DIY Oatmeal Bath for Eczema, Heat Rash and Chicken Pox

Most parents tend to associate oatmeal baths with eczema, but did you know that they are great for heat rash and chicken pox too? In fact, they are great for other skin irritations and has been known to calm down inflamed skin. 

Not all babies are born with perfect, smooth skin. Some struggle with baby acne, eczema and rashes on a daily basis. While there are over the counter products that you can use to keep skin irritations under control, do you really want to subject your baby’s skin to steroid creams and harsh chemicals? Not only are they expensive, but some are not actually formulated for babies and can only be used under the supervision of a doctor. 

So it is no wonder why more and more parents are turning to natural alternatives to treat and ease their children’s conditions. Although an oatmeal bath is only meant to calm skin irritation, it is still important to diagnose the cause of the irritation and get it treated properly. 

Why Oatmeal Helps

Oatmeal helps because when it is ground into a fine powder and added to warm water, it becomes colloidal oatmeal which acts as an emollient. Emollients are moisturising treatments applied directly to the skin to soothe and hydrate it. Colloidal oatmeal works by binding to your skin while serving as a protective barrier. In fact, the Food and Drug Administration (FDA) officially categorised colloidal oatmeal as a skin protectant in 2003.

It is safe for babies and children; you can even use it yourself for itchy or dry skin problems. Of course, there are plenty of over the counter products that promises the same, but why not make it urself for a fraction of the price? Although effective, oatmeal baths should not be considered a cure for skin problems. Even dermatologists recommend oatmeal baths be used together with other moisturisers, fragrance-free products and (if needed) topical medications.

Oatmeal baths can significantly improve:

  • Dry, itchy skin
  • Eczema
  • Cradle cap
  • Diaper rash
  • Dandruff
  • Heat rash
  • Chickenpox
  • Allergic reactions

DIY Oatmeal bath

All you need is:

  • A blender/food processor/coffee grinder
  • Warm water
  • 1/3 cup for infants or up to 1 cup for adults (Quick, regular and rolled oats are all fine as long as they are unflavoured)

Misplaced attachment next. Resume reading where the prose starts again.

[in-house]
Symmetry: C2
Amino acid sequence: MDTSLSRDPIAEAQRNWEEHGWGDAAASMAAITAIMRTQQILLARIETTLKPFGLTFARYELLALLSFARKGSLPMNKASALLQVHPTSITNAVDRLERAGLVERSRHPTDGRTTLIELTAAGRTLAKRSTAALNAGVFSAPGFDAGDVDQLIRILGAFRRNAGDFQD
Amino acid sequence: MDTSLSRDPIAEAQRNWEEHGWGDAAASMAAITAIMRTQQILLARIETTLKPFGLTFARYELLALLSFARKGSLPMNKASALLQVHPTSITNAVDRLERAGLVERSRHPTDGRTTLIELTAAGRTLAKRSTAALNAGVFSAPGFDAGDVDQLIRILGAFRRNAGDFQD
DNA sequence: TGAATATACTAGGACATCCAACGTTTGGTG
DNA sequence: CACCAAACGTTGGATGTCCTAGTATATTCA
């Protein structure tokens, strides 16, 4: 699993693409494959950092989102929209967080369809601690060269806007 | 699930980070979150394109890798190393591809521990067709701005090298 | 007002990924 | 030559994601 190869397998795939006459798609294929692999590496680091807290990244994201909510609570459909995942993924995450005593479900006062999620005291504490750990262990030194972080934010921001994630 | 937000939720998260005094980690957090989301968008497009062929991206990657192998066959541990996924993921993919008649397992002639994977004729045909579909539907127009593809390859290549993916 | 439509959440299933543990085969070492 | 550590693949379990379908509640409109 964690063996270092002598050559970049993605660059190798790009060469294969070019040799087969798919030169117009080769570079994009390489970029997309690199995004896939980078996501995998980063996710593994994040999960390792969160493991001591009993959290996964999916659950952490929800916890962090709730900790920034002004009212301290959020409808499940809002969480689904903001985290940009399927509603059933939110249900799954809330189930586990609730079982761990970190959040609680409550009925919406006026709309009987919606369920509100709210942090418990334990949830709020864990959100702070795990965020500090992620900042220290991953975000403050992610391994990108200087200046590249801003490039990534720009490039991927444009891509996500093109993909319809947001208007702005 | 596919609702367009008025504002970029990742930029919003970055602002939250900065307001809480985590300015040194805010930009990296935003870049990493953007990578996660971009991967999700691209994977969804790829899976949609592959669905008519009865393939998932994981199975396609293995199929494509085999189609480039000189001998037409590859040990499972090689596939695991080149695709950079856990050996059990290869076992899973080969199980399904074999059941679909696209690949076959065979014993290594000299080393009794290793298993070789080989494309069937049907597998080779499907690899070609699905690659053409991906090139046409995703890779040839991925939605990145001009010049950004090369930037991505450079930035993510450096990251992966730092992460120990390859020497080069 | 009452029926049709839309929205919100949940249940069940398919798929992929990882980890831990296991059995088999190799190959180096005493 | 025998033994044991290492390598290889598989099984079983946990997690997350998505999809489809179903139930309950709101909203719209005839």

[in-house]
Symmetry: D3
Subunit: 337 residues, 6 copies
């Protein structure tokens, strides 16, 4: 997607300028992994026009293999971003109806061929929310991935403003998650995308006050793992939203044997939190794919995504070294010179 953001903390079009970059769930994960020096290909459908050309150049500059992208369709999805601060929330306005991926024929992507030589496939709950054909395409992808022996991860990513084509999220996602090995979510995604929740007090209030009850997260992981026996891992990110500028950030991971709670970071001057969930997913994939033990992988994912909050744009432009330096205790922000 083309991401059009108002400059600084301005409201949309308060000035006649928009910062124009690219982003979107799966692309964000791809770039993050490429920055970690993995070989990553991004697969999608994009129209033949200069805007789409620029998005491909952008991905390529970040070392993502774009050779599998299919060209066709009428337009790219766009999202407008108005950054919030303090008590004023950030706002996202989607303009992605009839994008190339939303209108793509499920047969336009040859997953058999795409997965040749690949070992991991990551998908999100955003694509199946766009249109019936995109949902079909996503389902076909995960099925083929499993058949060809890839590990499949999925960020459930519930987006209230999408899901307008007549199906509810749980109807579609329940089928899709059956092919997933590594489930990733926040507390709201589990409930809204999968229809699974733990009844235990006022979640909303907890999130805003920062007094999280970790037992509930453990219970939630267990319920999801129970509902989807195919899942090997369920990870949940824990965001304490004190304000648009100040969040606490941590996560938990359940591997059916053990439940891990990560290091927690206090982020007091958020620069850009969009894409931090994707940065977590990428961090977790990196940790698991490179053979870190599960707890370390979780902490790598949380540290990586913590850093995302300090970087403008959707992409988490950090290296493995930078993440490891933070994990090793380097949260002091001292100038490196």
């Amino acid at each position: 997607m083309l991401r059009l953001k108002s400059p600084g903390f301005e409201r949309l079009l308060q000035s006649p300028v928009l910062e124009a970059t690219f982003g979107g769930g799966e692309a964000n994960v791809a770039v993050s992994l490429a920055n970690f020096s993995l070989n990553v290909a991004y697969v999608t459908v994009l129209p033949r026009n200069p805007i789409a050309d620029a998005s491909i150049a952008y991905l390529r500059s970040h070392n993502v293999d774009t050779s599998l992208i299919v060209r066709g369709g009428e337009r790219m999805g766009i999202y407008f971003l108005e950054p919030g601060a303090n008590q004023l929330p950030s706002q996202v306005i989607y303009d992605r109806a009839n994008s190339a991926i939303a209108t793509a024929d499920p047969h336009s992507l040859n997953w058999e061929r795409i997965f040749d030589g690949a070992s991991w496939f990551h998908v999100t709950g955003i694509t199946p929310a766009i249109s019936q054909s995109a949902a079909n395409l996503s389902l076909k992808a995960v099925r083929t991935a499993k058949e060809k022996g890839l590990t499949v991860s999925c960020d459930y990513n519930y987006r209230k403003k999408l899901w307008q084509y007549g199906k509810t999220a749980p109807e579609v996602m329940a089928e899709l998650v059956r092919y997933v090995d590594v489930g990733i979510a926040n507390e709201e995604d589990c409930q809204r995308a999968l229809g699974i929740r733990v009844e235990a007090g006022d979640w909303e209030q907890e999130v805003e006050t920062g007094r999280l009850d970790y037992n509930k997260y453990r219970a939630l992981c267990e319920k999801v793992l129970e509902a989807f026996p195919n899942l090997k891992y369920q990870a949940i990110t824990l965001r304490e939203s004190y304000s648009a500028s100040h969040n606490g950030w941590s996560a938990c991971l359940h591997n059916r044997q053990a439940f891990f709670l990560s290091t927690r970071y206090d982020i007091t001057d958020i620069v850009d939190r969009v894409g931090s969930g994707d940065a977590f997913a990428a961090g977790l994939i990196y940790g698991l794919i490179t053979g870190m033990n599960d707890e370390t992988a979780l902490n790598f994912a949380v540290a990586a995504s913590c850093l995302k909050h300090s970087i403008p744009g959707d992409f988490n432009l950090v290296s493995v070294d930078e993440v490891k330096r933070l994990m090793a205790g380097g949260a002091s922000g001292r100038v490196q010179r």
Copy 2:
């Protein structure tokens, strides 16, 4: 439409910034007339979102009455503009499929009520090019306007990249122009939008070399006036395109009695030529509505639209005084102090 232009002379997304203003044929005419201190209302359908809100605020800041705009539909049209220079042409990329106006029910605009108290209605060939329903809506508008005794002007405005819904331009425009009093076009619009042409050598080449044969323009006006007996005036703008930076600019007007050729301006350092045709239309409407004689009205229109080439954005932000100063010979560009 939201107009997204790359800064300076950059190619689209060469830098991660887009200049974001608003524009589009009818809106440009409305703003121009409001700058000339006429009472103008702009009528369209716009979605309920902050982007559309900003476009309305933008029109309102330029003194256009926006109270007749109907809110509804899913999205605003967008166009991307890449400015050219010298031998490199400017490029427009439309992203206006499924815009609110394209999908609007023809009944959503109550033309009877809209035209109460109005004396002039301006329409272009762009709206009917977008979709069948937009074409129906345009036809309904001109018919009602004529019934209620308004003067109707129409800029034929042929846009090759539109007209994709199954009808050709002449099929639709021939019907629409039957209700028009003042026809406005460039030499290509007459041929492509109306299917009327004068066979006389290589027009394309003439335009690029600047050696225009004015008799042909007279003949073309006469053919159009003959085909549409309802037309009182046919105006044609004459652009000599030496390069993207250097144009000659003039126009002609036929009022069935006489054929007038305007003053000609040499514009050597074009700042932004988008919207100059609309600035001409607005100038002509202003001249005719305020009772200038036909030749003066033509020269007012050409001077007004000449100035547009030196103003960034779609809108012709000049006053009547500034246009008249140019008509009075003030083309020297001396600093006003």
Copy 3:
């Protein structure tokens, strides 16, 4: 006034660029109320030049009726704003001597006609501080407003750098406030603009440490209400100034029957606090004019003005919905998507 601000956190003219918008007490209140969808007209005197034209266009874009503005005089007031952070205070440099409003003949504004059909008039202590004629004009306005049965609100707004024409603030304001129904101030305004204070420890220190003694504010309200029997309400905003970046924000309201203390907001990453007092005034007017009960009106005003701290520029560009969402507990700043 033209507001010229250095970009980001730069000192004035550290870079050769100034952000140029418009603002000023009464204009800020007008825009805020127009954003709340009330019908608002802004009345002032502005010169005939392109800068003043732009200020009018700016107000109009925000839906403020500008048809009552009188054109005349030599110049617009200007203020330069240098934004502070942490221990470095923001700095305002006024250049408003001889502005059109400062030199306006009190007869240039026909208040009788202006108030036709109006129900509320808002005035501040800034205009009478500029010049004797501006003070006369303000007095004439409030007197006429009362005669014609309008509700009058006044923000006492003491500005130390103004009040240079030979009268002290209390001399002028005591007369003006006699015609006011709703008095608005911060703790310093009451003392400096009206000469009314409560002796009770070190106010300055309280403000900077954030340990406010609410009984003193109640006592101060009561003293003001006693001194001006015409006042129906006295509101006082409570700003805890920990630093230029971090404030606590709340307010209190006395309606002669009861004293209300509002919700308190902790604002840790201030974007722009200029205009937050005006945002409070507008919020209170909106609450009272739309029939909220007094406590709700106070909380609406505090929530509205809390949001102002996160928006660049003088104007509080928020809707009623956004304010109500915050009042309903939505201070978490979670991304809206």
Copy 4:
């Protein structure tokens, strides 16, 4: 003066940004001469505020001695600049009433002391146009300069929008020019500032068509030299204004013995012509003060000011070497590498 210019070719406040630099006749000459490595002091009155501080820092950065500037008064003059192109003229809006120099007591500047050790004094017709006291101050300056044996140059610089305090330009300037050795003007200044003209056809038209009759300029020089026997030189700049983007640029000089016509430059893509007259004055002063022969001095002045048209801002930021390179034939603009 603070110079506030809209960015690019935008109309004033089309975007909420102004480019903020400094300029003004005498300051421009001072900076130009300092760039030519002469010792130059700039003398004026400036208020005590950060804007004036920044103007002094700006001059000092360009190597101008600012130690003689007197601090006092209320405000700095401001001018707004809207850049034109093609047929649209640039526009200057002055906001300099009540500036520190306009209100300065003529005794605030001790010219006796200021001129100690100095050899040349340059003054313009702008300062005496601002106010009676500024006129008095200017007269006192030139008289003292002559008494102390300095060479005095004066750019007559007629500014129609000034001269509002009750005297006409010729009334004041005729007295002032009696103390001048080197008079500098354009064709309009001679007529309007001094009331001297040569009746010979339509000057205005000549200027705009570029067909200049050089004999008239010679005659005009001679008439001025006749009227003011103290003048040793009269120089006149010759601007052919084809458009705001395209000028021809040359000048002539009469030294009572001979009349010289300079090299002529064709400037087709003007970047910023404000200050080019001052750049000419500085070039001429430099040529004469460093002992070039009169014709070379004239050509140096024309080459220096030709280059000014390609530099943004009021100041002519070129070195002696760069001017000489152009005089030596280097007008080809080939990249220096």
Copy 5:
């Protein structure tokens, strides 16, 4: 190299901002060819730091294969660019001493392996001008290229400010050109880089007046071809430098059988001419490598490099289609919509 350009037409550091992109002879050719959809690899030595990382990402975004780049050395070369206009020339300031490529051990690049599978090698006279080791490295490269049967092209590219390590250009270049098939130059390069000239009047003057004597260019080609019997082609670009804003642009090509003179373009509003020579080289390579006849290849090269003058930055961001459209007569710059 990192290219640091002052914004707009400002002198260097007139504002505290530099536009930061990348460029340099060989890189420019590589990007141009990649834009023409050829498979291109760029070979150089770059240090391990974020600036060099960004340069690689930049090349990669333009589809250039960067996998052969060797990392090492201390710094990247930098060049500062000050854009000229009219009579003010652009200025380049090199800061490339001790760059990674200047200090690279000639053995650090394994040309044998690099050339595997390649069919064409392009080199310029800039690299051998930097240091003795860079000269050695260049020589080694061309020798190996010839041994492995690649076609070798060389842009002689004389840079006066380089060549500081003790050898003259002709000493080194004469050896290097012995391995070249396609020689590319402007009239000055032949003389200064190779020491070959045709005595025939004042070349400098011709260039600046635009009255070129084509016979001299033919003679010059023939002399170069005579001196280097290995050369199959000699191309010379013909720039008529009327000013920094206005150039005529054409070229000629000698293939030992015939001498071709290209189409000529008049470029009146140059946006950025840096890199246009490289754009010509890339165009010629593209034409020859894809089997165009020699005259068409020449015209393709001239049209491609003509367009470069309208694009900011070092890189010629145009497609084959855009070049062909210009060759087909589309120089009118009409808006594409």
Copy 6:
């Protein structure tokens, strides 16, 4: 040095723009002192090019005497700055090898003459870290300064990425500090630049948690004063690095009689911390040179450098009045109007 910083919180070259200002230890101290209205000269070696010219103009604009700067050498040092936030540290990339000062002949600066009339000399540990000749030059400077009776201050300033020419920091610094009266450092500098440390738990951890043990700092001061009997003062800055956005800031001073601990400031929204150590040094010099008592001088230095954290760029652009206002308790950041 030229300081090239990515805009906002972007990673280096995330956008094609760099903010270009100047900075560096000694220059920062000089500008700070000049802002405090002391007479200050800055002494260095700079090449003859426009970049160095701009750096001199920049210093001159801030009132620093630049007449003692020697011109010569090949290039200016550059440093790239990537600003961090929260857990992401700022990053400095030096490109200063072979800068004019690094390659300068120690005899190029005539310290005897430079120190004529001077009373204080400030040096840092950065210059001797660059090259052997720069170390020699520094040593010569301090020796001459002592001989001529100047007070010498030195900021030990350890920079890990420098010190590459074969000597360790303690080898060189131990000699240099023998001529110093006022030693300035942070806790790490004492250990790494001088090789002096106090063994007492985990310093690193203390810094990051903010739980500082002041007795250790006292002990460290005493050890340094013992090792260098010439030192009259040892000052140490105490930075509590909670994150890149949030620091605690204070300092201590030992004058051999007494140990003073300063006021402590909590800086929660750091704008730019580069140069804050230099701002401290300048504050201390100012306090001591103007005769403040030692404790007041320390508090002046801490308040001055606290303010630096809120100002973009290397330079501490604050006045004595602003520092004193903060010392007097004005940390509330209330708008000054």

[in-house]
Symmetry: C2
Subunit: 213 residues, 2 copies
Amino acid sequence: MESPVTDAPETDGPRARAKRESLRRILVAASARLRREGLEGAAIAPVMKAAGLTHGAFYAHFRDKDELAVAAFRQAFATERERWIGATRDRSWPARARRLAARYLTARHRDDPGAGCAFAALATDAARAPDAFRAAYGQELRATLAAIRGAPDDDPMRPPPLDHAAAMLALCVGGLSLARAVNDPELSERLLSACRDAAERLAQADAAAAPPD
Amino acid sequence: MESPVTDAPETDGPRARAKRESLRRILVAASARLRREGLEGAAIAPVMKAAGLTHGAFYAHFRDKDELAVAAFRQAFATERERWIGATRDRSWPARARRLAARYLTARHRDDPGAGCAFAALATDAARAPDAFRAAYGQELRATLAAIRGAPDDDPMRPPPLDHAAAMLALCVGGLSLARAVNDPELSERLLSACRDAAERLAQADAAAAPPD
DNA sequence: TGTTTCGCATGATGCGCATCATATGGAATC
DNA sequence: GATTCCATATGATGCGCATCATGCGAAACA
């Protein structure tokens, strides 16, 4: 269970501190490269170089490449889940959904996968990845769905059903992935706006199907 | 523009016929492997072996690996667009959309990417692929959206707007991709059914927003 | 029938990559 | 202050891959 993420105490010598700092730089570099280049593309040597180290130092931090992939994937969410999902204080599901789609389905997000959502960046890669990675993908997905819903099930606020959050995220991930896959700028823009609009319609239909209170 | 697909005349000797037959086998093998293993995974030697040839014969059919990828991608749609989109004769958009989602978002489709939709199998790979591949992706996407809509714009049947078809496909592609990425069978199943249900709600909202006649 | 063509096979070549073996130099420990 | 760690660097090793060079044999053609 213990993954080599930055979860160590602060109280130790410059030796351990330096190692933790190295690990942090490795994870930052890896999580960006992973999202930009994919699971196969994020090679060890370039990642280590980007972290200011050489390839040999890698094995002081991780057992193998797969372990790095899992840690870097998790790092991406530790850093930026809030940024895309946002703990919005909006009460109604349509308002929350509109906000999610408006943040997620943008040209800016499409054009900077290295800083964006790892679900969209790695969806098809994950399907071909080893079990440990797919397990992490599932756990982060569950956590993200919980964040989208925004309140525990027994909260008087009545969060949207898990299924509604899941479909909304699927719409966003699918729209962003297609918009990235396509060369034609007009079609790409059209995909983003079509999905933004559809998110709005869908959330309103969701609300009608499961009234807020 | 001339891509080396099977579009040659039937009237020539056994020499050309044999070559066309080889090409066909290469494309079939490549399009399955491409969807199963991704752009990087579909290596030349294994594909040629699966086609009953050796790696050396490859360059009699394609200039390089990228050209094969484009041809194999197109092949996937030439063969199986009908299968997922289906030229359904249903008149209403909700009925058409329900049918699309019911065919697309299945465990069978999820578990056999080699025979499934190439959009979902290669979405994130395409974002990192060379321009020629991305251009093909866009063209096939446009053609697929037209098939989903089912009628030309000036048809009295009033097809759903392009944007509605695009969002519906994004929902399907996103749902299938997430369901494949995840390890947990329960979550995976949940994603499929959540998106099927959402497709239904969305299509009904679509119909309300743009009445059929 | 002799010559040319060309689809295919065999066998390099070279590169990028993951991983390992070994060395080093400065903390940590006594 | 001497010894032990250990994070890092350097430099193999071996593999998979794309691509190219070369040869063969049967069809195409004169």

• If you cannot blend the oats fine enough, you can also put the oats in a muslin bag, cheesecloth or pantyhose before letting it soak in the warm water.

The first thing you need to do is blend or process the oats using the highest setting on your food processor, blender or coffee grinder until it becomes a very fine powder.

To test whether the powder is fine enough, you can stir in one tablespoon of the ground oats into a glass of warm water. If the oats dissolve into the water and change it into a milky-looking liquid that is silky to the touch, you’ve blended it long enough. 

If it doesn’t turn milky, then you will need to continue processing the oats to a finer powder and repeat the test. An excellent tip to help minimise the residue on the bottom of the tub if you are unable to grind it fine enough is to put the oat powder into a small muslin bag, cheesecloth, or you can even tie it in a pantyhose. 

How to give your baby an Oatmeal Bath

Step 1: Fill the tub with warm water and for safety reasons, always check that the water is not too hot. Hotter water may dry out your baby’s skin.

Step 2: Sprinkle the processed oatmeal into the tub in stage using small amounts at a time. You will need about a third of a cup for a baby bathtub and up to a cup for a full bathtub if you are doing an oatmeal bath for older children. The oatmeal should dissolve into the water and change into a milky colour. 

Step 3: Place your baby gently into the bath and allow them to soak in the oat and water concoction for about 10-15 minutes if possible. Alternatively, you can also gently rub some of the oatmeal directly on their skin. Important tip: Remember to be careful when handling your baby or even older children in the bath. This oat and water mixture would make the tub more slippery than usual. 

Step 4: After the bath, refrain from rubbing your baby or child with the towel to dry off. Instead, pat dry and follow up with a gentle moisturiser before dressing them. 

Generally, oatmeal is an all-natural product that is safe for most people, including babies. There have been isolated cases of babies and children who have had an adverse reaction to oatmeal baths. If your baby or child’s skin is red and itchy after an oatmeal bath, do not attempt it again. Consult your doctor immediately so that he or she can prescribe medication to help the rash to clear up.

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